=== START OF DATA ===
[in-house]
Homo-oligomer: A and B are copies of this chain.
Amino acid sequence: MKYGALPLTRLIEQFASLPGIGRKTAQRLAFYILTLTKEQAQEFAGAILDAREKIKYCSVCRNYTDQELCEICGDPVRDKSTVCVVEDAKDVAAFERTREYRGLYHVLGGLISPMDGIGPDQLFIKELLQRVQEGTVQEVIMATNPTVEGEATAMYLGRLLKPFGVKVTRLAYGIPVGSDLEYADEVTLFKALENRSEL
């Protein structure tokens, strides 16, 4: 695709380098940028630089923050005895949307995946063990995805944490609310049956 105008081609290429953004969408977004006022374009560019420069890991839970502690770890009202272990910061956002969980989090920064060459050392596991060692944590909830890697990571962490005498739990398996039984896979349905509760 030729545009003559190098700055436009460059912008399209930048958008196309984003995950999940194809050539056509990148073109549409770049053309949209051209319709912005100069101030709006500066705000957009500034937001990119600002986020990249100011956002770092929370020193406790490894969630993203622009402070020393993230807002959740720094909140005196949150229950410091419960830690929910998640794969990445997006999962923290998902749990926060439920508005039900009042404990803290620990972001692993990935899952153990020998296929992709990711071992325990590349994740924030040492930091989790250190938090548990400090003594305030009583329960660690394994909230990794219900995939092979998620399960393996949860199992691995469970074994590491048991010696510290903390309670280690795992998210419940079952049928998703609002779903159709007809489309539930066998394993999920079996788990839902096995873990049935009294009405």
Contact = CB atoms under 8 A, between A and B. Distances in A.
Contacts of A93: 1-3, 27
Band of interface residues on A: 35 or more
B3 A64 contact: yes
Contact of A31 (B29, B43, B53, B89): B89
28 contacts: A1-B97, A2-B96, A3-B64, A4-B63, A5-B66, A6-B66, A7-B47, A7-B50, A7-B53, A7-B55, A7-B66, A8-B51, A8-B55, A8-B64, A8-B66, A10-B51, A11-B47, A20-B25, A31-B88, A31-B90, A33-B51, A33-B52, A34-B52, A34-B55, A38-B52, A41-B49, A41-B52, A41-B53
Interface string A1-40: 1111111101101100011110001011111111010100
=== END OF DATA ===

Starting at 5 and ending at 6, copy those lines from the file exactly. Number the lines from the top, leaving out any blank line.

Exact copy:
Contact = CB atoms under 8 A, between A and B. Distances in A.
Contacts of A93: 1-3, 27